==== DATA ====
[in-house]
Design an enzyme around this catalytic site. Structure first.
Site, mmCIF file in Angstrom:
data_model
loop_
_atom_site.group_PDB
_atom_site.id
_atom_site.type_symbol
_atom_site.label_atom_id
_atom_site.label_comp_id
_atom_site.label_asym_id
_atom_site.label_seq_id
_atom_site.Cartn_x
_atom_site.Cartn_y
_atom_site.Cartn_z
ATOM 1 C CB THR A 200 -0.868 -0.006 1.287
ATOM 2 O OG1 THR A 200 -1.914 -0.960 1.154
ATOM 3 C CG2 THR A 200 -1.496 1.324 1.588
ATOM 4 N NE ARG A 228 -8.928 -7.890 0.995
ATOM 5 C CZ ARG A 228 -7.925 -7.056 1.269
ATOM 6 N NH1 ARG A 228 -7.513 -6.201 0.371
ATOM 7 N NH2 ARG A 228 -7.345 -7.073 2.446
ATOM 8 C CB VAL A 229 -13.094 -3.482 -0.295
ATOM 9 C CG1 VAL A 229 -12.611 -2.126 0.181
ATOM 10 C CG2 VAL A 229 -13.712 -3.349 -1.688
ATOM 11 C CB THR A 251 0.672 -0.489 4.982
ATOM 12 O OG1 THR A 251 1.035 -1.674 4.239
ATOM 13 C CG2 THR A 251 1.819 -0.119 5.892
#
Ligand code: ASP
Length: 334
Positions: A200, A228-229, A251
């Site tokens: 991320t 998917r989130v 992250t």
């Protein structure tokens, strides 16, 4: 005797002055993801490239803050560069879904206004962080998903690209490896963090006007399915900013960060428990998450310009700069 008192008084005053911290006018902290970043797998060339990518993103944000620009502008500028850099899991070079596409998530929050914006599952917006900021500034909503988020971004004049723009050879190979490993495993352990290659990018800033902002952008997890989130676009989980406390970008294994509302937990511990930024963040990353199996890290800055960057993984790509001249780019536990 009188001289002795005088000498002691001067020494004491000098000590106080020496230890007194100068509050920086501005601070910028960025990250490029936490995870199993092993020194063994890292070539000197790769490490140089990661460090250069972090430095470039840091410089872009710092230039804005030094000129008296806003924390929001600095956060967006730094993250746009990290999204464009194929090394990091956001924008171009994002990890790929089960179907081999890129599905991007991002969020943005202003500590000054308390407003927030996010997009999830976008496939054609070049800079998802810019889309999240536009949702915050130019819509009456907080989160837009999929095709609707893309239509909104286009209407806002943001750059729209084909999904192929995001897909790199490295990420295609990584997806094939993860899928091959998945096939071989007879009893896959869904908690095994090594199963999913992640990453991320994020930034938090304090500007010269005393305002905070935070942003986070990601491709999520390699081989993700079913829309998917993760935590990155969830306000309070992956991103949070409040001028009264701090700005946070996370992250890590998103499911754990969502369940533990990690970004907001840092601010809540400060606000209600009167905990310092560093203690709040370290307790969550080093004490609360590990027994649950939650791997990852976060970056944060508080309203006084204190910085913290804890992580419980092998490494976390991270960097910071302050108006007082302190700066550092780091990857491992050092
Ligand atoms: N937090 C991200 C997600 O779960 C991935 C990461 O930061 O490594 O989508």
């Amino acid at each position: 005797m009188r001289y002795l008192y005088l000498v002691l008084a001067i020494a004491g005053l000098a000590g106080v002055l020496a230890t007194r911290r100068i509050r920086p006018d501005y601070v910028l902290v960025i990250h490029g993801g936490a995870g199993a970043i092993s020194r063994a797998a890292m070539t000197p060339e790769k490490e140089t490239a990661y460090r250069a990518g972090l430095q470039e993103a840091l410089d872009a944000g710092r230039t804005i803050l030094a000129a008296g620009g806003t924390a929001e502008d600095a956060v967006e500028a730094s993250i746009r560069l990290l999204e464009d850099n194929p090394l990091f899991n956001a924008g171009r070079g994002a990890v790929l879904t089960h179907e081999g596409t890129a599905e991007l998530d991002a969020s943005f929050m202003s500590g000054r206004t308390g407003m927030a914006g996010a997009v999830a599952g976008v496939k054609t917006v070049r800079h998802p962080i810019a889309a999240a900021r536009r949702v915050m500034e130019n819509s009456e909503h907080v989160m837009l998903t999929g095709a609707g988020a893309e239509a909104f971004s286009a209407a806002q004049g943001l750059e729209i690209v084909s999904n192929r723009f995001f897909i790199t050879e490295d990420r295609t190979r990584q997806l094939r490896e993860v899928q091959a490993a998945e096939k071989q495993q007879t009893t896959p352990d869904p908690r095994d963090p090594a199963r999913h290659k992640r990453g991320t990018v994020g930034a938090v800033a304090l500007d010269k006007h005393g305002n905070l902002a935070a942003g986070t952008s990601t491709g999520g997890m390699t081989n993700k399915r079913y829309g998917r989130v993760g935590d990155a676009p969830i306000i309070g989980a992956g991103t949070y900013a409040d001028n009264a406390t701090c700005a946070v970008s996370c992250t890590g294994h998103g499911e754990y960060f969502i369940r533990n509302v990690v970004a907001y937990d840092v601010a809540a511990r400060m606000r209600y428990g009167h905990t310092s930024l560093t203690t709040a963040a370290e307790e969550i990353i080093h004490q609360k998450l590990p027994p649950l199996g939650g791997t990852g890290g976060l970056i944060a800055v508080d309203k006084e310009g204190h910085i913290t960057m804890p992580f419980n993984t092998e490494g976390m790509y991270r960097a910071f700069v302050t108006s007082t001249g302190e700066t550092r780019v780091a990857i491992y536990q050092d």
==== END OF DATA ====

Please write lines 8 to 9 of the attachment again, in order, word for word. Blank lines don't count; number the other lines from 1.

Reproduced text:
_atom_site.type_symbol
_atom_site.label_atom_id